Specialties ranked in order from most intense residency to least

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hollisterdoc

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As I wrap up my first year of med school and while feeling extremely exhausted, I wanted to give everyone a chance to rank specialties by how tiring and intense their residencies are. Obviously surgery ranks first. What's the rest of the ranking, for those of us who want to dream (at least for a couple days) of taking the slow lane.

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For the opposite end of the spectrum, psych by a mile. I have friends in programs who never even break 40 hours by PGY3 and 4.
 
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Neurosurgery
General surgery
Surgical subs
OB
Neurology
Internal medicine
Anesthesiology
Primary care/FM
Dermatology
Psychiatry
 
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Cool. Where would you say EM, urology, or ENT rank?
 
EM has low hours compared to most, but the environment strongly promotes burnout anyway. Ent and urology I don't have any experience with.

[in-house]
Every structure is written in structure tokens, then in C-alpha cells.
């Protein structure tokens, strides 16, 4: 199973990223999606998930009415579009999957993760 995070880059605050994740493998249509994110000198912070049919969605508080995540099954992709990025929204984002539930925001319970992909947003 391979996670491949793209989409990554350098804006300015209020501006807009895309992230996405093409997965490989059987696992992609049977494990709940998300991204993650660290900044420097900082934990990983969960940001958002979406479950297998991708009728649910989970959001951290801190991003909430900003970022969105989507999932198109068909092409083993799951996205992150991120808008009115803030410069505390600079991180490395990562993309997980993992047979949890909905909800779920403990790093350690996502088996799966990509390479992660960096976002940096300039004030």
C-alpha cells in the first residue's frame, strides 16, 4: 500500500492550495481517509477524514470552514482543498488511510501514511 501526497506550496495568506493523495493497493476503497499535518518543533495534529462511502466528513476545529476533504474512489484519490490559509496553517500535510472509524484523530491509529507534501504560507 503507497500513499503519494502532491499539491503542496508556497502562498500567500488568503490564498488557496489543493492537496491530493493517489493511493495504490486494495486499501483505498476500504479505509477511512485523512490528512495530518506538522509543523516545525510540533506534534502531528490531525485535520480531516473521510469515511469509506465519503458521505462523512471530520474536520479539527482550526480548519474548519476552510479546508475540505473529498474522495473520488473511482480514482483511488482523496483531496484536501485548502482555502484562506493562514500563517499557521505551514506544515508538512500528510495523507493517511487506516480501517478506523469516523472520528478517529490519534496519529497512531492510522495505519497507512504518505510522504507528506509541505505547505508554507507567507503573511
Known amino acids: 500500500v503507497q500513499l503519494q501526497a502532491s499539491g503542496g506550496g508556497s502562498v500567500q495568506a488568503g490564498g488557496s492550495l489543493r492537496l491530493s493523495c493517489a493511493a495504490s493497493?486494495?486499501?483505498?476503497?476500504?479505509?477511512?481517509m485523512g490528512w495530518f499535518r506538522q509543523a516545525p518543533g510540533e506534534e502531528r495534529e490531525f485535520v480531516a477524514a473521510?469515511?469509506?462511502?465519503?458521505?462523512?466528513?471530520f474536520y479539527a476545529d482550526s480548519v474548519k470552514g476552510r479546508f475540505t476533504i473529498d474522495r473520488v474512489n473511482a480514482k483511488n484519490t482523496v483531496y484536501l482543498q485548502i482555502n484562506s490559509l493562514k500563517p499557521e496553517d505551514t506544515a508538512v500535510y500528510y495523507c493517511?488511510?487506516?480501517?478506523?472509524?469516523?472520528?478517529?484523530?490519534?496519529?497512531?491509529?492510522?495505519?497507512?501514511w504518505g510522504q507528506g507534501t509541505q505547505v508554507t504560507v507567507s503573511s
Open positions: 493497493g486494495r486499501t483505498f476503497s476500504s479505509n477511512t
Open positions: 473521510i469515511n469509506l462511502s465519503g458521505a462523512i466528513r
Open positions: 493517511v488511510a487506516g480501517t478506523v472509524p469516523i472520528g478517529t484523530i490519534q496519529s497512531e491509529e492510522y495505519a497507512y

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For the surgical subs, highly program dependent. My residency was very chill and even more so now that they’ve gone to a night float system for call. My hours and qol was better than many of my friends in non surgical fields. Most all my weekends were golden, and call was q8-10 as a junior. Even better as senior/chief. I worked only 4 weekends my chief year - the other 48 were golden.

Compare with where I did fellowship, they were pulling q4 call and worked at least one day each weekend - just how they handled rounds and weekends. Their program would be considered much more intense, but I arguably logged far more good cases and came out with better training while also enjoying my life.